Two factors controlled the ending position of each order (Fig. 3): the relative amount of genetic divergence among orders (represented by radial distance from the origin point) and the relative similarity (relatedness) among orders (represented by proximity of orders to one another). The two major avian superorders, Palaeognathae (“old jaws,” including ostriches and emus) and Neognathae (“new jaws,” including most bird species), each received about half of the map space. In the final iteration of this map, however, the Neognaths received more than half of the map space because this group is proportionately much larger than the Palaeognaths and an equal division of space would have resulted in a very crowded Palaeognath half. Similarly, about two thirds of the Neognath space was allotted to the Neoaves (“land birds”) grouping of orders, and slightly less than one third was allotted to the Galloanserae (“fowl”) grouping.
Once the major divisions of the map space had been determined, orders were placed into the appropriate division. Palaeognaths were positioned in the bottom right quadrant of the map and Neognaths in the remainder. Positions within each division were determined by qualitatively plotting clusters of related orders according to their genetic distances (from the Hackett et al. map) from one another and from the origin point.
In order to animate the movement of the dot representing each order from the starting point to its position in the present day, a series of 13 plots of intermediate configurations was generated. These plots, plus the origin plot and present-day plots, were used to guide the creation of 15 total static keyframes. In ActionScript, keyframes serve as start and end points, between which the computer generates animated transitions. The overall sequence of animation in the DEM therefore takes place in a series of steps: each keyframe acts like a “pause” in the overall animation. The keyframes are linked to an animation timeline for avian evolution spanning approximately 105 million years. Each keyframe is positioned roughly seven million years after the preceding keyframe. The positions of the order dots in the keyframes is guided by the origin and present-day positions of the orders, as well as the hypothesized series of evolutionary divergence or splitting events that gave rise to each order. These splitting events were located in time based on the Brown and van Tuinen (2011) map, and shown during the animated parts of the visualization as one dot splitting into two during the animation representing the appropriate time before present.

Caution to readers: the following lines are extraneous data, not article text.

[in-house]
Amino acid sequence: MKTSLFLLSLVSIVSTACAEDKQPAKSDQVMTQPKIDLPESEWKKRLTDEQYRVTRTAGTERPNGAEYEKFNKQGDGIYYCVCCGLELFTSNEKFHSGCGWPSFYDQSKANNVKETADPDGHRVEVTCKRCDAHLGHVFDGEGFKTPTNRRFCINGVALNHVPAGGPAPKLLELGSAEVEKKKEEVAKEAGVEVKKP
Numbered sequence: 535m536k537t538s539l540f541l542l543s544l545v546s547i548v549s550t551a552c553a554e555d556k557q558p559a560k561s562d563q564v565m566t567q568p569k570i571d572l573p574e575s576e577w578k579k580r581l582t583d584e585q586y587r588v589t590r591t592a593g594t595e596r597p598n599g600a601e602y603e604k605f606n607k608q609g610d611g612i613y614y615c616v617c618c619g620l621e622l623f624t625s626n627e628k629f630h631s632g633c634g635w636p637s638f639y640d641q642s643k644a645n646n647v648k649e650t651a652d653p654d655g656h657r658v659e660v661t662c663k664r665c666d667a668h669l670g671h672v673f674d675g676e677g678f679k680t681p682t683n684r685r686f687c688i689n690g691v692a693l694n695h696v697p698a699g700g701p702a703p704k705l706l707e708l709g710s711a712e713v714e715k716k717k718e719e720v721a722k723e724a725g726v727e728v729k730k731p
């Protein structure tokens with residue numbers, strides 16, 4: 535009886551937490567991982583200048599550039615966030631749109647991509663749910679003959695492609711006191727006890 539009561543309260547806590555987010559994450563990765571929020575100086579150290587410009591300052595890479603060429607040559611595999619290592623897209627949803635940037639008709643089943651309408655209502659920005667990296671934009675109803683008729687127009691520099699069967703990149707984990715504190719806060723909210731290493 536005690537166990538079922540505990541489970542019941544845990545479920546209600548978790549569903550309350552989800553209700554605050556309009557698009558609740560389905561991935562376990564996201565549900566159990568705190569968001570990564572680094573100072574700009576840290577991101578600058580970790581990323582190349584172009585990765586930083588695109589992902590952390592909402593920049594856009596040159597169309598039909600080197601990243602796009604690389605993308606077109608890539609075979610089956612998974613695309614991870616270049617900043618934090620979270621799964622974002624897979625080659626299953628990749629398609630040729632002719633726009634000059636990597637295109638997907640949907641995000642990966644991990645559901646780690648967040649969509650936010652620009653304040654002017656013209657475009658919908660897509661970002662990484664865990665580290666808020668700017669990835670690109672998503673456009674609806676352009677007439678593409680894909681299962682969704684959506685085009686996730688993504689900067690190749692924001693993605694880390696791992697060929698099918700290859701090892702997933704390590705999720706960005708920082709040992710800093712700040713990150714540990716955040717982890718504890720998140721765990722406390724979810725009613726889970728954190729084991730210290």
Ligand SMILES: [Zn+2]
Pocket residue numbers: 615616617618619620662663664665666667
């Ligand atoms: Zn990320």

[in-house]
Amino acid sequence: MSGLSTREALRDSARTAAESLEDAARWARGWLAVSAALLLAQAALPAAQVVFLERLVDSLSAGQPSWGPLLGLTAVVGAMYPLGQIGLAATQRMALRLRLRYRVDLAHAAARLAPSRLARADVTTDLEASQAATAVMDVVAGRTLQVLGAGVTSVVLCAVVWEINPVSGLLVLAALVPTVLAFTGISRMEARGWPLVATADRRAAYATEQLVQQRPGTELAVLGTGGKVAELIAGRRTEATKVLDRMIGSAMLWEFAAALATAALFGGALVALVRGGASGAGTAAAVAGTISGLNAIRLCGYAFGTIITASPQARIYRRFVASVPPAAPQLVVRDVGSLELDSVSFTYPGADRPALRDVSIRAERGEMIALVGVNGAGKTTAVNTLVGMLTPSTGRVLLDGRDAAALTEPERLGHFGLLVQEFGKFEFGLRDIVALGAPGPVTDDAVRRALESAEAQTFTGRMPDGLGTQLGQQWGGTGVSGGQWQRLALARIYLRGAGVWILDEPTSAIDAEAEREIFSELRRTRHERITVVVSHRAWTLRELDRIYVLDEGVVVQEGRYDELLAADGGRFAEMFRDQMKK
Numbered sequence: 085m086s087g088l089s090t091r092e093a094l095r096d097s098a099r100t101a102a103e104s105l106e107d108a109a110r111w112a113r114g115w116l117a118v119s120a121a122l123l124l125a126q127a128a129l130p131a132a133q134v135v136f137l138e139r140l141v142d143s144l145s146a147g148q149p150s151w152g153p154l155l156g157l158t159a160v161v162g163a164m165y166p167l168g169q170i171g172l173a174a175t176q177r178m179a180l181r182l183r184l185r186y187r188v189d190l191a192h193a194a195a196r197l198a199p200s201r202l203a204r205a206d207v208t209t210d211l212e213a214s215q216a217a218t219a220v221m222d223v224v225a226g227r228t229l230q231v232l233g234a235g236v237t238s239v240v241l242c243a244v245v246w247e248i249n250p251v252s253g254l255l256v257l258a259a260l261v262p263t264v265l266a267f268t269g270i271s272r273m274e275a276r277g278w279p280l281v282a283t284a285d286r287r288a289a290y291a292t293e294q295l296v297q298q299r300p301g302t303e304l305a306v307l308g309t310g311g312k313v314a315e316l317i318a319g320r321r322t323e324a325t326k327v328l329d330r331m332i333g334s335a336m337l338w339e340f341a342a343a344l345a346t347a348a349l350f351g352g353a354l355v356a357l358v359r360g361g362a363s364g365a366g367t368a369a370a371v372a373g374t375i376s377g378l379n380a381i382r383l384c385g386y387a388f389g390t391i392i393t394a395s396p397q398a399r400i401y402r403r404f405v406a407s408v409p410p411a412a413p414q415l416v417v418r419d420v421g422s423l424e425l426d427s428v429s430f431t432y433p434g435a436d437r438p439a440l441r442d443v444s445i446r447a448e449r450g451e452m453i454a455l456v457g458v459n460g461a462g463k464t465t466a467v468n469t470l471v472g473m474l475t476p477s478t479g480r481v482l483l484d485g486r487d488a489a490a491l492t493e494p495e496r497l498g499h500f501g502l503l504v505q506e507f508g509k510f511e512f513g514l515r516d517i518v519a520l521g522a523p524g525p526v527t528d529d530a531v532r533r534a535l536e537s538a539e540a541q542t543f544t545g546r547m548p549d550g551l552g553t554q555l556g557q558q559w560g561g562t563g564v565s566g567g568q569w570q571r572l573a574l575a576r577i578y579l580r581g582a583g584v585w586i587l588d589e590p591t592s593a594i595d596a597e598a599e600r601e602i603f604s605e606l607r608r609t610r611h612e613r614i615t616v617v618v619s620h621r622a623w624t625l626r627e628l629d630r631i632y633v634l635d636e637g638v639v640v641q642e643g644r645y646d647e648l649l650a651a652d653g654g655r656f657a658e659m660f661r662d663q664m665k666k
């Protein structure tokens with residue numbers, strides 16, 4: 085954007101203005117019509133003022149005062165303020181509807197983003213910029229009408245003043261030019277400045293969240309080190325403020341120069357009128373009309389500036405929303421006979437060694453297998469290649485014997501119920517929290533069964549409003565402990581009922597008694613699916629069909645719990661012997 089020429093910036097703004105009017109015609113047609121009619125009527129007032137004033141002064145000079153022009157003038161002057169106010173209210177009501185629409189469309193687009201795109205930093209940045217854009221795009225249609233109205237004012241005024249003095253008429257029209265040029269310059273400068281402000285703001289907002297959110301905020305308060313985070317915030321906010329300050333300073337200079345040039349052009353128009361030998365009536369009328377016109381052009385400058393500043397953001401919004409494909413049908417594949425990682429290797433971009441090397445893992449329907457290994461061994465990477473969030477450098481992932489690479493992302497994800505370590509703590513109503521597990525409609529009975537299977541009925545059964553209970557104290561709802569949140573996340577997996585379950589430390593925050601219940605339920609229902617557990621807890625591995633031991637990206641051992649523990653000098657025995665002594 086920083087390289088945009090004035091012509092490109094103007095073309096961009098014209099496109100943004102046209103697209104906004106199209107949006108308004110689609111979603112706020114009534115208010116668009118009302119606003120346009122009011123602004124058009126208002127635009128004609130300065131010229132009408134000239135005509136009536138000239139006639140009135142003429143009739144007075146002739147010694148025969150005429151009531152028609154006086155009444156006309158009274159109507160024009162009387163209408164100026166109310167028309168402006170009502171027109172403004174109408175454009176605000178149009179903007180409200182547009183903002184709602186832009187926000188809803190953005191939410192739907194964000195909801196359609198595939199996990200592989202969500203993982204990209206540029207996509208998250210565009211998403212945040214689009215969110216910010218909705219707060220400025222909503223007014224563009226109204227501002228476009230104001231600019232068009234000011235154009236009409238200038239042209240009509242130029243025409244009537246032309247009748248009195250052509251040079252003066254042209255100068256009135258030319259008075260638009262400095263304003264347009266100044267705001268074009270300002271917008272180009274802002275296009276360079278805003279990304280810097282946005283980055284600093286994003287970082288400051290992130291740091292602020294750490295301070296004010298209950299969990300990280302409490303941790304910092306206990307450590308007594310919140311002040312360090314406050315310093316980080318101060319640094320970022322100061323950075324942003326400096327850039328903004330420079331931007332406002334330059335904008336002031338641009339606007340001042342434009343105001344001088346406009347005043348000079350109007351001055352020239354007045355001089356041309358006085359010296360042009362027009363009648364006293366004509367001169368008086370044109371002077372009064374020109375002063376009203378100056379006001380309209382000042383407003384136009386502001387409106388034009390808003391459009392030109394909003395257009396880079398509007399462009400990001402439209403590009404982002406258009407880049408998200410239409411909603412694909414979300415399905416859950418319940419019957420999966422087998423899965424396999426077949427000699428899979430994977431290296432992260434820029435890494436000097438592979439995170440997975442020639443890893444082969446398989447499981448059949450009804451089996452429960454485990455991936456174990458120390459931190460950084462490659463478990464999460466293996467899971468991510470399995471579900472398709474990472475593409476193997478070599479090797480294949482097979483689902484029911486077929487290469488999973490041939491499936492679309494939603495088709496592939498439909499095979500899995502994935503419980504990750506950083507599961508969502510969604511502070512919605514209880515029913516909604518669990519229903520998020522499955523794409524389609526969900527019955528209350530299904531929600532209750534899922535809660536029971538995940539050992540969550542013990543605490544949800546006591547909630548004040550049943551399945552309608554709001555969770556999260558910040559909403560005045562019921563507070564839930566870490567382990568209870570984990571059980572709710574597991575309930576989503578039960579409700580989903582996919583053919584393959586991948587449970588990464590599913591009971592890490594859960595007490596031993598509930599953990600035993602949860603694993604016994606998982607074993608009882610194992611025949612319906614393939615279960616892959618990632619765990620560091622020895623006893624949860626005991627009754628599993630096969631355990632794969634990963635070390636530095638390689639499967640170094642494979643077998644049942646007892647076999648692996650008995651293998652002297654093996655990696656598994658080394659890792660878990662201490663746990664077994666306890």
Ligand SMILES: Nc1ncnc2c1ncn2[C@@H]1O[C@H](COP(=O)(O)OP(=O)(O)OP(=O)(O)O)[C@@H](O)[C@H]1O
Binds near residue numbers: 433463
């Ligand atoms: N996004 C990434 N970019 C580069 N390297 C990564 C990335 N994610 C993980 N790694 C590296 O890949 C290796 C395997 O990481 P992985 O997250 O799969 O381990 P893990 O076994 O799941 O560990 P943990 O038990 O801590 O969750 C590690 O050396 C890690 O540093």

In addition to serving as start and stop points for the animation, keyframes also allow users to interact with the visualization in additional ways. First, each dot on the keyframes is programmed with rollover text that shows the name of the taxon when a cursor is positioned over the dot. Second, some of the dots were also programmed with further interactivity. Clicking on one of these dots opens up an informational page with text and images about the order in a sidebar next to the map (Fig. 4). This gives users a second way to interact with the DEM.
The final step in completing the visualization was generating an interactive Flash animation and placing it into a HTML-based frameset (Fig. 4). Viewers can advance or reverse the map by clicking on forward and reverse buttons, as well as interact with the individual orders as described previously. The appearance of the pages that make up the sidebar text and images is controlled by HTML and CSS scripting. The interactive visualization is accessible online at this site: http://goo.gl/R8vFe (case-sensitive URL).